The Old Coot is in a fog

Fall is here. It always comes as a surprise. I think summer will go on forever and then a fog rolls in to remind me. I rode my bike to town in it; the whole village looked as though it was wrapped in a cobweb. It was the topic of the morning conversation at the Owego Kitchen, “Boy, sure is foggy out there!” We’re a sharp bunch, us old coots; we notice things like fog. 

We don’t notice we missed two belt loops in our pants, that our “lost” glasses are perched on the top of our heads, or that the guy we just greeted with “Hi Bill” is really Frank. No, we don’t notice those things, but we do notice fog. Fog is good. You can’t see the crabgrass through the haze; the lawn looks flawless. The east side of the house that looked like it needed repainting yesterday seems just fine on a foggy morning. 

Fog is one of the best things about fall. There is nothing quite so serene as a flock of geese ascending from the river blanketed in fog. First, you hear the resounding honks, then, one by one, the geese rise in a “V” and head off to warmer places. Old coots do the same thing, except their formation is on the southbound lane of Route 81 or 95, interspaced among a sea of tractor-trailers. 

Some of my old coot brothers (and sisters) don’t notice the fog; they haven’t had their cataracts fixed. To them, a foggy morning is just like any other. It’s not good to put off getting the cloudy lenses replaced with new ones, and not for the obvious reasons, like it’s impossible to drive at night or it’s hard to recognize people.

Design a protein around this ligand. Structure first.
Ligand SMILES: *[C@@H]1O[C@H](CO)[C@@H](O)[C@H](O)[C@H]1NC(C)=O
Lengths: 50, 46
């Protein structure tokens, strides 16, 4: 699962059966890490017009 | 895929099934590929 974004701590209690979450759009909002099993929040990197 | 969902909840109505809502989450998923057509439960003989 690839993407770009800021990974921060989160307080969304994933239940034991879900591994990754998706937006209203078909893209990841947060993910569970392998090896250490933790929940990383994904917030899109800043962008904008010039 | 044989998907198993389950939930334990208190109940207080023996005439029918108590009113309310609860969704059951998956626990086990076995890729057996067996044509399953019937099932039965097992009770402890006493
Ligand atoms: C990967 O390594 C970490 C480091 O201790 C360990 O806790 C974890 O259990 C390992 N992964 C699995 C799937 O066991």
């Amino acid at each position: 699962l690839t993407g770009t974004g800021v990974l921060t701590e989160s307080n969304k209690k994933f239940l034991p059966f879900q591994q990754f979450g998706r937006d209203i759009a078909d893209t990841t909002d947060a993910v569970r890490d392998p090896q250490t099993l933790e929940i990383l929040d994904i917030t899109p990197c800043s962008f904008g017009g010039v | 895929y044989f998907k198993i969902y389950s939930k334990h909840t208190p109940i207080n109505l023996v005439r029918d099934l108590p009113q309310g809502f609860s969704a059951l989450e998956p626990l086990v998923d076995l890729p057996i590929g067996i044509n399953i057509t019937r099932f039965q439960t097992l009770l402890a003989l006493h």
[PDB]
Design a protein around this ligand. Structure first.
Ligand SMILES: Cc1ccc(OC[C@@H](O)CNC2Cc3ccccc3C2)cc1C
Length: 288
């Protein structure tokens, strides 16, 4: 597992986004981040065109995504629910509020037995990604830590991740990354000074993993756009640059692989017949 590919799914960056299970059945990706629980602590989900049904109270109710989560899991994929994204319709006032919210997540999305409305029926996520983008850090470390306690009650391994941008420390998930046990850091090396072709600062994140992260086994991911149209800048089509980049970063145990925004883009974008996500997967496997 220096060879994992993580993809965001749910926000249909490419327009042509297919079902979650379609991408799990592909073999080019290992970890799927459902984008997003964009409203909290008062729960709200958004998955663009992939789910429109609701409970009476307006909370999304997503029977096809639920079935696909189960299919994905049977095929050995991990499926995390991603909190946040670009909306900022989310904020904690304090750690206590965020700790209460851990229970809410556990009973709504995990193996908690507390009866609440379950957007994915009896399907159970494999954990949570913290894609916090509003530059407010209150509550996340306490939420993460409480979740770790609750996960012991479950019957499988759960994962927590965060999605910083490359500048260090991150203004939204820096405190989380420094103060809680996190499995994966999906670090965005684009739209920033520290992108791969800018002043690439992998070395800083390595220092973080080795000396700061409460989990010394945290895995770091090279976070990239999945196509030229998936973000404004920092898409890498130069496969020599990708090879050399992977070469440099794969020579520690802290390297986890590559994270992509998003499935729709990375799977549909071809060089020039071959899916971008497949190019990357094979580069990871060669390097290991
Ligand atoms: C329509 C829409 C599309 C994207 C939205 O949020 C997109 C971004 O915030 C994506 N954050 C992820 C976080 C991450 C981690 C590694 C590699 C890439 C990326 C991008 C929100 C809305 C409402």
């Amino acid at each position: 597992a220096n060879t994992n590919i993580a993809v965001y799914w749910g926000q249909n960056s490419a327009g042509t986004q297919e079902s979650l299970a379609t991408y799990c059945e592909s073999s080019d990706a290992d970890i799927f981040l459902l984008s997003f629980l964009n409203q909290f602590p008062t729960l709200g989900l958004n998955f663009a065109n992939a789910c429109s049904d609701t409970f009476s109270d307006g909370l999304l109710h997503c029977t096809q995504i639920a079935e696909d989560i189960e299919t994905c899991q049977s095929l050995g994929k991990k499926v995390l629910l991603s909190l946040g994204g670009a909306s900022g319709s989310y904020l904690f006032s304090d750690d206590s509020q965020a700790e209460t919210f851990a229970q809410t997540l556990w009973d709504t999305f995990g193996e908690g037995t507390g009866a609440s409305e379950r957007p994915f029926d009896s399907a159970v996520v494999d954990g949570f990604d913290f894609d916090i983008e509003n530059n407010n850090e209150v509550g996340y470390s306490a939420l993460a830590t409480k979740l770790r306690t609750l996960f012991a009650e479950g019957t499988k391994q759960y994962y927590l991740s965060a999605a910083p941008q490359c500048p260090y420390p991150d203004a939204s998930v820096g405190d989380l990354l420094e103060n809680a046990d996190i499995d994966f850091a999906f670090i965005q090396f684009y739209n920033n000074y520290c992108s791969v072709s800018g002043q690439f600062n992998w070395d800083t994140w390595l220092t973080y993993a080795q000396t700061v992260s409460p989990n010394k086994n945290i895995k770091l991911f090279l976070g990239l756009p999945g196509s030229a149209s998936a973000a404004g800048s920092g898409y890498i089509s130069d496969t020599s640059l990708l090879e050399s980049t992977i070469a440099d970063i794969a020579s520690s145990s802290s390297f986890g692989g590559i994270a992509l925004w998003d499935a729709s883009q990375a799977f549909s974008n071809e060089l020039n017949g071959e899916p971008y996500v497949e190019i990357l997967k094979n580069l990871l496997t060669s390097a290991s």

I get why some old coots don’t deal with their cataracts. It’s the, “there is nothing out there I want to see” syndrome. It’s similar to the condition that stops old guys from buying hearing aids, or turning them on when they do. They don’t want to hear anything either. Especially someone telling them it’s time to trim those cornstalks growing out of their ears.  

But, delaying the inevitable (cataract repair) is fraught with danger. The kind that takes place when you get home from the hospital and look in the mirror. First, you screech. Then you yell, “How did my face get so old looking?” When you turn around to ask your wife what’s going on you get another shock, “Who are you,” you ask. No, it’s better to nip the problem in the bud and enjoy the real fog, the one that comes rolling in on a nippy morning and announces the arrival of fall. 

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